Bhati is a clan of Rajputs, Gurjars, and Jats found in India and Pakistan. Bhatis or Bhattis Rajputs, probably of Turkish origin. Both Bhatis and Jats claim to be Yadavas. But Bhatis are probably Turks and seem to have no claim to the name Yadavas. Jaisalmer State was founded by the Bhati Rajputs and ruled it till Indian independence in 1947. Sometimes, All these Rajput clans i.e., Bhatti , Jadaun , Chudasama & Samma  are together said to be the royal descendants of the Jadam Aheer tribe.
References[change | change source]
- Bhatnagar, Rashmi Dube; Dube, Reena (2005). Female Infanticide in India: A Feminist Cultural History. SUNY Press. p. 254. ISBN 978-0-7914-6327-7.
- Singh, Kumar Suresh, ed. (1998). India's communities. Oxford University Press. ISBN 978-0-19-563354-2.
The Hindu Gujjar have a number of clans (gotra), such as Bainsale, Bhati, Bankar, Korri, Dhame, Godhane, Khari, Nangari, Khatana Pedia, Peelwar, Tanwar, Fagna, Vidhuri, Vasatte and Lomor
- Eaton, Richard M. (2017). "Reconsidering 'Conversion to Islam' in Indian History". In Peacock, A. C. S. (ed.). Islamisation: Comparative Perspectives from History. Edinburgh University Press. p. 386. ISBN 978-1474417129. Retrieved 30 January 2020.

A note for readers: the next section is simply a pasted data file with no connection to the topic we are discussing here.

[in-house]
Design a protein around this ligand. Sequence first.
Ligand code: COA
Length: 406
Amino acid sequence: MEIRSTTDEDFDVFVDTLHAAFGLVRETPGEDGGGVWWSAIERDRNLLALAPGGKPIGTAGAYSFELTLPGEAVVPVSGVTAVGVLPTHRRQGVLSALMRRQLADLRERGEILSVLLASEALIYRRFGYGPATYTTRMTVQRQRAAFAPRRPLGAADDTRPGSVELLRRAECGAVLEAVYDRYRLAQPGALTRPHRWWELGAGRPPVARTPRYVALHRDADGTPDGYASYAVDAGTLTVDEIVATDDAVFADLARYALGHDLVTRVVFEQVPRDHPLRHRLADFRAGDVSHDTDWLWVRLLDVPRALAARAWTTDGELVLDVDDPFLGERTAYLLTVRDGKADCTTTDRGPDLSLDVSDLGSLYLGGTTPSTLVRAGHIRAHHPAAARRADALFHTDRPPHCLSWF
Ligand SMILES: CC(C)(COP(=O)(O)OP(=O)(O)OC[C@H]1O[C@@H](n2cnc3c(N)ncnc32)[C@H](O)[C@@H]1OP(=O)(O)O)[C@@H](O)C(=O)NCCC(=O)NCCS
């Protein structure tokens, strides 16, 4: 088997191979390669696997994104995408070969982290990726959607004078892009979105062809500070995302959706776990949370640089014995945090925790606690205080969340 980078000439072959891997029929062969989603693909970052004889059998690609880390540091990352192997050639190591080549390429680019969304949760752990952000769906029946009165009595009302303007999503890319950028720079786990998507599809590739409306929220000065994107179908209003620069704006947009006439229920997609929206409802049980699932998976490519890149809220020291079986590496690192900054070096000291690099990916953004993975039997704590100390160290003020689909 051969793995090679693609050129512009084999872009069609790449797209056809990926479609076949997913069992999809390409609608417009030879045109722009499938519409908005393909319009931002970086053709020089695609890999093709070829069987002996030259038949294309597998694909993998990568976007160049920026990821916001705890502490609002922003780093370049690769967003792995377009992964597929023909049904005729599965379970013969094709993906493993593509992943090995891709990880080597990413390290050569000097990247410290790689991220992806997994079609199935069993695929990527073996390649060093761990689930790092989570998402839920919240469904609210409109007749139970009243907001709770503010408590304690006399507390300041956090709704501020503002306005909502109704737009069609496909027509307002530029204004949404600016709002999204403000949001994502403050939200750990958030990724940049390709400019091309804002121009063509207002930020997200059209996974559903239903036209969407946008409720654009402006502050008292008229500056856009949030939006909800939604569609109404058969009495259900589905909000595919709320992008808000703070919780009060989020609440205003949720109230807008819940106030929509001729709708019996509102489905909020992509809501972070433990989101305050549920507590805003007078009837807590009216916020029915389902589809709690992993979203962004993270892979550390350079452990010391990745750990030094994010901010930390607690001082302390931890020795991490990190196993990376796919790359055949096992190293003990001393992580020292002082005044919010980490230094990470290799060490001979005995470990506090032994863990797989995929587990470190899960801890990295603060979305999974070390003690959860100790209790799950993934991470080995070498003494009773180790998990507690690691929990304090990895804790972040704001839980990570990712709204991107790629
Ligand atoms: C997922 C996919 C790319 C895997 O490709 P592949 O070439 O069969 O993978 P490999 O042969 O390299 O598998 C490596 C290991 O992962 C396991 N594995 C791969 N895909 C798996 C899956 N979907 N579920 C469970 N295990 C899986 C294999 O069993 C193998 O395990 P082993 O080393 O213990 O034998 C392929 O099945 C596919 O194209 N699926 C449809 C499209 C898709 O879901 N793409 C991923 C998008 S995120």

- Zafar Iqbal Chaudhary (November 2009). "Epilogue: Bridging divides". Epilogue. 3 (11): 48.
- Bombay (Presidency) (1901). Gazetteer of the Bombay Presidency. Government Central Press.
BAÁTIS or Bhattis Rajputs, probably of Turkish origin. Both Bhátias and Jats claim to be Yadavas. But Bhátias are probably Turks and seem to have no claim to the name Yadava.
- ʻAlī, Anṡārī ʻAlī Sher (1901). A Short Sketch, Historical and Traditional, of the Musalman Races Found in Sind, Baluchistan and Afghanistan, Their Genealogical Sub-divisions and Septs, Together with an Ethnological and Ethnographical Account. Printed at the Commissioner's Press.